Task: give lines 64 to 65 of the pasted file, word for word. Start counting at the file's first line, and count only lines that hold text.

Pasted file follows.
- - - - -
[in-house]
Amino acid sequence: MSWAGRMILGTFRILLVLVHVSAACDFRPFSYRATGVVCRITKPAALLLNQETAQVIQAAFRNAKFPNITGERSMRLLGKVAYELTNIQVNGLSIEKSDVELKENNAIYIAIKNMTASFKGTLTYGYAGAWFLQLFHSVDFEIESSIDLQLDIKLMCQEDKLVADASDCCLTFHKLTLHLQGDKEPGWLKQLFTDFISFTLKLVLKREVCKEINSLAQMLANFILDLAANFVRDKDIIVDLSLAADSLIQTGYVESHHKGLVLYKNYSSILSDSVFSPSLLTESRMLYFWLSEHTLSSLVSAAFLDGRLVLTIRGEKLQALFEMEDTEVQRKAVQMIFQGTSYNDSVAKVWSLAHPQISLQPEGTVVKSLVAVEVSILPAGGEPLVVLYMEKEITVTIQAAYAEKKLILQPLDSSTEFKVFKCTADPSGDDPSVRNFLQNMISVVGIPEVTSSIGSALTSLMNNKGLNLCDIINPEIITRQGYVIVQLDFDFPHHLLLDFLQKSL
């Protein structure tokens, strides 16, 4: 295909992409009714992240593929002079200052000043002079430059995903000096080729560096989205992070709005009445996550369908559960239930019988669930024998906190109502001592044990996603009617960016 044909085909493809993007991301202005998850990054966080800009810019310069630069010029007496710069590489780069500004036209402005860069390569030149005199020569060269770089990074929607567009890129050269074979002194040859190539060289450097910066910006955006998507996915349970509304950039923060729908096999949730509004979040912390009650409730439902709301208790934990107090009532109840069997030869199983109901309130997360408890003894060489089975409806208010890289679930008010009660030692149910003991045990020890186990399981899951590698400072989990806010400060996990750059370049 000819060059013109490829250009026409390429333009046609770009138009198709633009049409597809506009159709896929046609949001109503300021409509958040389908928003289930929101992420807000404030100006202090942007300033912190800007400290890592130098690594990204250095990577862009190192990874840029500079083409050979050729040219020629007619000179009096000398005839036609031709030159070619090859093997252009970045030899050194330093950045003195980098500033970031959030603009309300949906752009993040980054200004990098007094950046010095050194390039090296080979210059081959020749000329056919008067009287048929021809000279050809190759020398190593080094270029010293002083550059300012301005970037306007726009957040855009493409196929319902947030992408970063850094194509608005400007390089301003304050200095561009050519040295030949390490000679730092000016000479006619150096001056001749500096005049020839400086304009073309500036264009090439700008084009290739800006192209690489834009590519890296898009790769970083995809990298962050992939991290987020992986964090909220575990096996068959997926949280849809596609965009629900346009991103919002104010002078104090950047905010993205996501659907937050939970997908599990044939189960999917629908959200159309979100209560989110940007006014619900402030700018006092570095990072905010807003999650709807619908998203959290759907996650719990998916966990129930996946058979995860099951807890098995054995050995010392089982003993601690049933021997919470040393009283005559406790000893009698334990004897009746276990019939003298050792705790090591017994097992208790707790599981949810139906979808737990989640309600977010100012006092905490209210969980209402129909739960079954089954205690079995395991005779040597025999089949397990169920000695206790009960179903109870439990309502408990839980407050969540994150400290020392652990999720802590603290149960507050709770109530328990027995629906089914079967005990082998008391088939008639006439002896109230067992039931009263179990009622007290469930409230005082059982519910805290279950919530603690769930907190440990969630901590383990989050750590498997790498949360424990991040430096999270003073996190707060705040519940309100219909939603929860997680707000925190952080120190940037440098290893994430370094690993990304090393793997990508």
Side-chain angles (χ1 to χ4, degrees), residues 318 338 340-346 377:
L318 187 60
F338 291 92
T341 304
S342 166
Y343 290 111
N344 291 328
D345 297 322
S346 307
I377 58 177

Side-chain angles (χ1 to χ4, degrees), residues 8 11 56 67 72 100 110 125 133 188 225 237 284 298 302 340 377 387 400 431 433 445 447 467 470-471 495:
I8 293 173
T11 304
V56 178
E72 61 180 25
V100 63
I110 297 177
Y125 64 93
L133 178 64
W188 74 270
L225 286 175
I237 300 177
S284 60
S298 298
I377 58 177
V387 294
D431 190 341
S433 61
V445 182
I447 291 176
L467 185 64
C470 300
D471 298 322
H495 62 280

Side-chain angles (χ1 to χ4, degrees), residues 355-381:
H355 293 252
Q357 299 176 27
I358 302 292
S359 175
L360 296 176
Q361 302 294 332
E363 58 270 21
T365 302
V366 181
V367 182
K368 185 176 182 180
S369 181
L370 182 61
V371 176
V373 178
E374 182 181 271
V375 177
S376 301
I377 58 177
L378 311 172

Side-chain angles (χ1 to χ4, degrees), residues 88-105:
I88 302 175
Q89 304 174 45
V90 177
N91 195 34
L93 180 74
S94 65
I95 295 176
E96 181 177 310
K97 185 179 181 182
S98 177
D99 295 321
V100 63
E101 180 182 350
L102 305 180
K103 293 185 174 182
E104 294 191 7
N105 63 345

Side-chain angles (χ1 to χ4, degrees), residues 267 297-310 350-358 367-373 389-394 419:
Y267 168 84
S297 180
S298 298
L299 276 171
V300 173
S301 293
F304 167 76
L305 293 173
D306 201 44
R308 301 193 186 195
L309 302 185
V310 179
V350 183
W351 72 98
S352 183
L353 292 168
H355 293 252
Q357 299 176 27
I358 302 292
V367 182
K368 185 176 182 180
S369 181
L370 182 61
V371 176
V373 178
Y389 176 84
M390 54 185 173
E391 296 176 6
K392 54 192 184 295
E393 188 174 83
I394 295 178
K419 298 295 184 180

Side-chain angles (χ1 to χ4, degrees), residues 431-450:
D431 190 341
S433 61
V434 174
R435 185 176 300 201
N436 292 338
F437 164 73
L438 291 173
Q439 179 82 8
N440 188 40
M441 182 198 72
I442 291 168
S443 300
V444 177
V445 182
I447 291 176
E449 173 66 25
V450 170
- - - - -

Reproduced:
L93 180 74
S94 65